The Department of Labor is fulfilling its promise to rethink the salary thresholds applicable to an employer’s obligation to pay overtime. The Department published a proposed rule on March 22nd that would expand eligibility for overtime (and minimum wage) to certain previously exempt employees. As explained in a prior update, Labor Secretary Alexander Acosta has acknowledged that the overtime exemption needed updating, as the current thresholds were established decades ago.

As relevant to the mortgage industry, the Department announced in 2010 that it interprets the typical duties of a mortgage loan originator not to qualify for the “administrative” exemption from the federal obligation to pay employees overtime and minimum wage. Mortgage lenders had relied on previous guidance that those originators were exempt, but then had to analyze their originators’ duties to determine whether recharacterization of the originators as exempt or nonexempt was necessary.

Paying overtime compensation to mortgage loan originators can be a complex and difficult task. They often work nonstandard schedules, seeking to be available to potential borrowers, realtors, and others on a near “24/7” basis. Accordingly, keeping track of exact working hours can be tricky. In addition, they likely earn commissions (or a mix of a salary plus commissions), making the calculation of their weekly overtime rate of pay a challenge. The Department recognizes that employers of all types may decide to raise salary levels, reorganize workloads, adjust work schedules, or spread work hours in order to avoid payment of overtime.

Under the Department’s recent proposal, the salary levels for meeting the administrative exemption would increase, broadening the scope of overtime eligibility, but not as much as the Department’s prior attempt, issued in 2016. (A Texas federal court struck down that 2016 rule, holding that the Department exceeded its authority by raising the salary thresholds so high as to essentially supplant other criteria for the overtime exemption.) The current standard salary threshold is $455 per week ($23,600 per year). The Department’s proposal would raise that threshold to $679 per week ($35,308 per year).
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Kris Kully, of Mayer Brown’s Financial Services and Regulatory Enforcement group, will speak to credit union mortgage lenders at the 22nd Annual Conference of the American Credit Union Mortgage Association (ACUMA) in Las Vegas.

On September 24th, she will lead a discussion regarding Communication and Compliance, addressing many principles to keep in mind as

A federal court in Texas put a hold on the implementation of the U.S. Department of Labor’s overtime rule.  That rule, which was scheduled to take effect on December 1, 2016, was intended to expand significantly the number of employees entitled to overtime pay under the federal Fair Labor Standards Act.  However, the court postponed that effective date until it can fully consider whether the Department is authorized to promulgate the rule’s increases in the salary-based exemptions.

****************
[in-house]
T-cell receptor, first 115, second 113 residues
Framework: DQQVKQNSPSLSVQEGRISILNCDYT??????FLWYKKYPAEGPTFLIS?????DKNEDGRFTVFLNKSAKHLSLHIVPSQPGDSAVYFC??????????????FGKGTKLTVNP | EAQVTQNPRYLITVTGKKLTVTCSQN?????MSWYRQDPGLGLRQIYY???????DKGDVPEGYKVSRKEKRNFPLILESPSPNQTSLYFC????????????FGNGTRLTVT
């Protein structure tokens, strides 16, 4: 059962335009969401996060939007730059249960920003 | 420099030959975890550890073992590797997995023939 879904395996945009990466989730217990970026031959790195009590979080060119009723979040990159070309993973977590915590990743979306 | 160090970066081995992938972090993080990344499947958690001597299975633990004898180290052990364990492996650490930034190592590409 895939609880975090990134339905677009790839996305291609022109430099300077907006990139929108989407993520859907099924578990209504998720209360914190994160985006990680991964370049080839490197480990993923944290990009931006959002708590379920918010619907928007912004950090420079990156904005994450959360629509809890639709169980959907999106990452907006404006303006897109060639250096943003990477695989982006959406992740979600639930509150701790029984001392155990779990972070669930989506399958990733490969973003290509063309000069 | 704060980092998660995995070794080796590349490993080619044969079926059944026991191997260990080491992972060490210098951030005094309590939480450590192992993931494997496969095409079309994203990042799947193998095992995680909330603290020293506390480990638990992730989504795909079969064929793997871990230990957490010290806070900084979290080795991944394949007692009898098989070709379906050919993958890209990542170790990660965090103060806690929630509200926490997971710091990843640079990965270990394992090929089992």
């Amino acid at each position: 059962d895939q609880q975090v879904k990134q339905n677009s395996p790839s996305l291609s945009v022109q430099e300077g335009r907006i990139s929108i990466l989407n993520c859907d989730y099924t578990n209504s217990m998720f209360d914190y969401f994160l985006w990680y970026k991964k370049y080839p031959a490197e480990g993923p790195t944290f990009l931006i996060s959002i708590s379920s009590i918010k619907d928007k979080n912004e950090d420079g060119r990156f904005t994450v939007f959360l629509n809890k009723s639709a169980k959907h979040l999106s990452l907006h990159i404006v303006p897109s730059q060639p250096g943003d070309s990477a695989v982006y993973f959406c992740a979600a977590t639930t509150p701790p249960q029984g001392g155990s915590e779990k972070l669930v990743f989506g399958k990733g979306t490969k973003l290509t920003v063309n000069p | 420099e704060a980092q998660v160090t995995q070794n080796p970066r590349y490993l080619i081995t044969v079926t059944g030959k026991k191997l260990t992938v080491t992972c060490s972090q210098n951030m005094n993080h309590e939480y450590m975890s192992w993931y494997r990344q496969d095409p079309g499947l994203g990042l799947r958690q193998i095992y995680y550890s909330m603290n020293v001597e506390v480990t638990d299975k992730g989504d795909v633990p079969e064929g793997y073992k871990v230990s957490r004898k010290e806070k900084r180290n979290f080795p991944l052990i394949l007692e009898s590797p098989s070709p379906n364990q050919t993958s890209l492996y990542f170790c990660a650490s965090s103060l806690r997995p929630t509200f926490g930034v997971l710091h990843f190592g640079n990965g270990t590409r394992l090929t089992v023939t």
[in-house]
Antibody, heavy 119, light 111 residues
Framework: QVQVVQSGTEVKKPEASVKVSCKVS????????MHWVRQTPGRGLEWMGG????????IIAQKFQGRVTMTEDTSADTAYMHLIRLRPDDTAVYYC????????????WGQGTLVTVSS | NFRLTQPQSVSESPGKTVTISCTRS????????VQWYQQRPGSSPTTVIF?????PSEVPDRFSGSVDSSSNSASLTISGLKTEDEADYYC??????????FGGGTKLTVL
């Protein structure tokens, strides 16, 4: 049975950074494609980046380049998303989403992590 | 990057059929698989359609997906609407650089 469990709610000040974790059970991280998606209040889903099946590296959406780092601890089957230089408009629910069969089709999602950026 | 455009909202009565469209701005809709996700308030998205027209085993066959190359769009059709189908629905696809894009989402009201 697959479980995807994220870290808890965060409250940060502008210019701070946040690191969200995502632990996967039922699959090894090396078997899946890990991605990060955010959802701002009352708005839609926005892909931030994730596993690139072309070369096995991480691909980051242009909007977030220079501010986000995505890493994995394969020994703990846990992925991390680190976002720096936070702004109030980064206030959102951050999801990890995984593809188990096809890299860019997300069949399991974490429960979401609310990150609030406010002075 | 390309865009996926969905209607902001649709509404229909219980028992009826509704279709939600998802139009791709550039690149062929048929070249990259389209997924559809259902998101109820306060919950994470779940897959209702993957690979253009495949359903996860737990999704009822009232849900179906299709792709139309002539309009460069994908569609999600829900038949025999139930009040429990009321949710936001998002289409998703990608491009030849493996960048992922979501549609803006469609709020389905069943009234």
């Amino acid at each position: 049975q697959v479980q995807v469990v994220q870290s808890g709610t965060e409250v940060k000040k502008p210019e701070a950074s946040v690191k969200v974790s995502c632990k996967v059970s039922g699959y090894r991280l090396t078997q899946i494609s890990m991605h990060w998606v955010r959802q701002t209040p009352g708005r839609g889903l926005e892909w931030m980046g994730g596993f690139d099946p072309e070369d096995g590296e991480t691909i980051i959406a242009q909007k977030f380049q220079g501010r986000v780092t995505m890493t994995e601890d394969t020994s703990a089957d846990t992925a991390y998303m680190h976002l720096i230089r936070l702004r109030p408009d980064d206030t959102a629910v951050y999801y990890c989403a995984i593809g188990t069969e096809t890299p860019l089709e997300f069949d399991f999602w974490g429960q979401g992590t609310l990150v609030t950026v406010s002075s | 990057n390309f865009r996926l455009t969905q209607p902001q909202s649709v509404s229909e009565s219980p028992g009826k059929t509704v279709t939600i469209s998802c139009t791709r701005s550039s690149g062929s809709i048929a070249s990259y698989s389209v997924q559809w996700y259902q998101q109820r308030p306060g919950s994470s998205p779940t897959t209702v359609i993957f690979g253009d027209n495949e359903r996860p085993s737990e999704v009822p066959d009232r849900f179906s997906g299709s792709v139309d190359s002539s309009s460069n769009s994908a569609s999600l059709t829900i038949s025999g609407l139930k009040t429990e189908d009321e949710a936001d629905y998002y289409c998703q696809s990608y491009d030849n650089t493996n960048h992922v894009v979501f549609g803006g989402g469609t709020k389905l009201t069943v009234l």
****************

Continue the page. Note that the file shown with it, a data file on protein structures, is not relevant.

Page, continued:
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Kris Kully, of Mayer Brown’s Financial Services and Regulatory Enforcement group, will speak to credit union mortgage lenders at the 20th Annual Conference of the American Credit Union Mortgage Association in Washington, DC.

On September 19th, she will discuss the next wave of compliance regulations and enforcement priorities.  On September 20th, she will participate

The U.S. Department of Labor (“DOL”) has released its final rule addressing which employees are eligible for overtime pay under the federal Fair Labor Standards Act (“FLSA”).  The FLSA, among other requirements, mandates “time-and-a-half” for employees who work more than 40 hours in a week, unless an exemption applies.  The DOL’s final rule updates the criteria for the exemptions for “white collar” employees, raising the salary levels at which those employees have a right to such overtime pay.  The Obama Administration estimates that 4.2 million additional employees will be eligible for overtime pay, including those who make up to $913 per week ($47,476 per year).

In March 2014, the White House directed the DOL to modernize and simplify the “white collar” exemptions from FLSA’s overtime and minimum wage requirements.  Those white collar exemptions apply to employees who meet the established criteria for executive, administrative, professional, or outside sales employees, among other types of duties.  Generally, the criteria for those exemptions include a duties test (i.e., what do the employees actually do?) and a salary test (i.e., do they earn a salary that is high enough that they arguably do not need FLSA protection?).  The DOL had not updated the duties or salary tests for many of those exemptions in decades.

The “administrative” exemption recently sparked panic in the mortgage lending industry, since the DOL changed its stance and declared that the typical duties of a mortgage loan originator do not qualify those individuals for that exemption.  Although that interpretation was challenged, the Supreme Court decided that the DOL properly issued the interpretation, causing many mortgage lenders to re-examine the duties of their employees to ensure that they meet the criteria for an exemption.  Alternatively, the lender must track the hours worked by those loan originators, determine their “regular rate of pay,” and ensure that those individuals’ salaries and/or commissions result in the receipt of minimum wage, plus time-and-a-half for overtime.
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